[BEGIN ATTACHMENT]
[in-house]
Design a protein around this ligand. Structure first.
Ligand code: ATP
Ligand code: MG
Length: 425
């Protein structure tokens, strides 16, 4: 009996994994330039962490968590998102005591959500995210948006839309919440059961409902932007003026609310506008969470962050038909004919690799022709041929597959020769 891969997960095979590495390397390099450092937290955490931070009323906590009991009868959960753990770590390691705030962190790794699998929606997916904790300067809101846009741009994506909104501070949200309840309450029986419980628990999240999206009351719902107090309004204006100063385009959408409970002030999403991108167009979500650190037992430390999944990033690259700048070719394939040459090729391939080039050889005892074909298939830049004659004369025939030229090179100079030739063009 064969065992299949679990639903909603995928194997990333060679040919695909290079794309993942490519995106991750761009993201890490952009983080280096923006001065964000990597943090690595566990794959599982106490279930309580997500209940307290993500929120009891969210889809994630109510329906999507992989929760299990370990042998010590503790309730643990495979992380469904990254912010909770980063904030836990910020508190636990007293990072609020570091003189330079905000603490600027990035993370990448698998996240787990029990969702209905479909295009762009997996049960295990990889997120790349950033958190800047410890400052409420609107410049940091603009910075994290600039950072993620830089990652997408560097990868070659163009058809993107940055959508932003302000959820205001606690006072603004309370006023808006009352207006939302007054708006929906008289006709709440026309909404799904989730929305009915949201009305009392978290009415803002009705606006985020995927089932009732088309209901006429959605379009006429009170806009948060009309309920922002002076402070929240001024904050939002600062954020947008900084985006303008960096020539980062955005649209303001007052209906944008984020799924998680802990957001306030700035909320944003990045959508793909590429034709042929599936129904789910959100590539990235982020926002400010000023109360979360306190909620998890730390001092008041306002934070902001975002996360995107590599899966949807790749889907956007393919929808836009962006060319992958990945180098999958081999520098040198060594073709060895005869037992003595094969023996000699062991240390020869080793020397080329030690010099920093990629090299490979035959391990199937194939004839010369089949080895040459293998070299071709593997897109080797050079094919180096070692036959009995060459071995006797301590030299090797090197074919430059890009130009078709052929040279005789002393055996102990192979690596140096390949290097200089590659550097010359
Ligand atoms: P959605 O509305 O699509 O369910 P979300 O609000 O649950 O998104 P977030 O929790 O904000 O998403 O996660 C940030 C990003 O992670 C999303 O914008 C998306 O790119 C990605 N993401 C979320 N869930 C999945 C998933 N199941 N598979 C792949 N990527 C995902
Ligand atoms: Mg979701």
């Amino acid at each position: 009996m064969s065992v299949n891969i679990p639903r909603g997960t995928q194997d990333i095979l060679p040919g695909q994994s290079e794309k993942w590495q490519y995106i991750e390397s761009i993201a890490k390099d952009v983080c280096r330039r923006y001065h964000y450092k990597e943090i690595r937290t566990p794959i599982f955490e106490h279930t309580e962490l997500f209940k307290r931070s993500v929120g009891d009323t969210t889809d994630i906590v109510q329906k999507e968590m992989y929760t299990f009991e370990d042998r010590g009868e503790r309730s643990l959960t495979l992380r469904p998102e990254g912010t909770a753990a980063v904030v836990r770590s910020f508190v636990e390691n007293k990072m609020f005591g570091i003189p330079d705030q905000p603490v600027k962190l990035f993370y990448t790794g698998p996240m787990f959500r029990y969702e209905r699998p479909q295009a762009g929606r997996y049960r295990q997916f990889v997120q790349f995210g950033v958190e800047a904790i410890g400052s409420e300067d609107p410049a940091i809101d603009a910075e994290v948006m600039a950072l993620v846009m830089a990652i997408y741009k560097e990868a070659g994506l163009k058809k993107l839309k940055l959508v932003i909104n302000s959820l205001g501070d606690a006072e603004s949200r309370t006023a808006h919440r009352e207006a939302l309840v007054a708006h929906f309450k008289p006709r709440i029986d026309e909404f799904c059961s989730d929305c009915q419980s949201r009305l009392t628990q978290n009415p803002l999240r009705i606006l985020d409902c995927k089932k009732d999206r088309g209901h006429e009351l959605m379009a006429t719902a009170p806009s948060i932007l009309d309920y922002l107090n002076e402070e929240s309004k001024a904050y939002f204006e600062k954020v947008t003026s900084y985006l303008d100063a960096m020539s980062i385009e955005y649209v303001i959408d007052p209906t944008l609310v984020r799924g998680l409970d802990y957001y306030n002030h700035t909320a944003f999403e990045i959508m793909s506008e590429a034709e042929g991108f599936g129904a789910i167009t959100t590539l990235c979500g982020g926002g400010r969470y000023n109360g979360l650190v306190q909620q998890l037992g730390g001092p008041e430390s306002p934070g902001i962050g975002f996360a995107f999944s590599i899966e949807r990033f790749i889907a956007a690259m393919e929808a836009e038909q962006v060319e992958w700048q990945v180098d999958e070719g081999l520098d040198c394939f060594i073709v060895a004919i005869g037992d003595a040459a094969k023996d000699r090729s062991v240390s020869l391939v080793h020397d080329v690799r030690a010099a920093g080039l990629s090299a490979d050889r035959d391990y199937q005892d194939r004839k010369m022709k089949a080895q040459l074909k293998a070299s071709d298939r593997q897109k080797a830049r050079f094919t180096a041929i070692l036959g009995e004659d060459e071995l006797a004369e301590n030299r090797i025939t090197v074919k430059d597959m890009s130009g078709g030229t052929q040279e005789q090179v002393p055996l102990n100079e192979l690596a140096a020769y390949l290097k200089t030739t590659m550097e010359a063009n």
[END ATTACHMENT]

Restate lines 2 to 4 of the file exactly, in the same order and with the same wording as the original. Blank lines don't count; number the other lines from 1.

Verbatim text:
Design a protein around this ligand. Structure first.
Ligand code: ATP
Ligand code: MG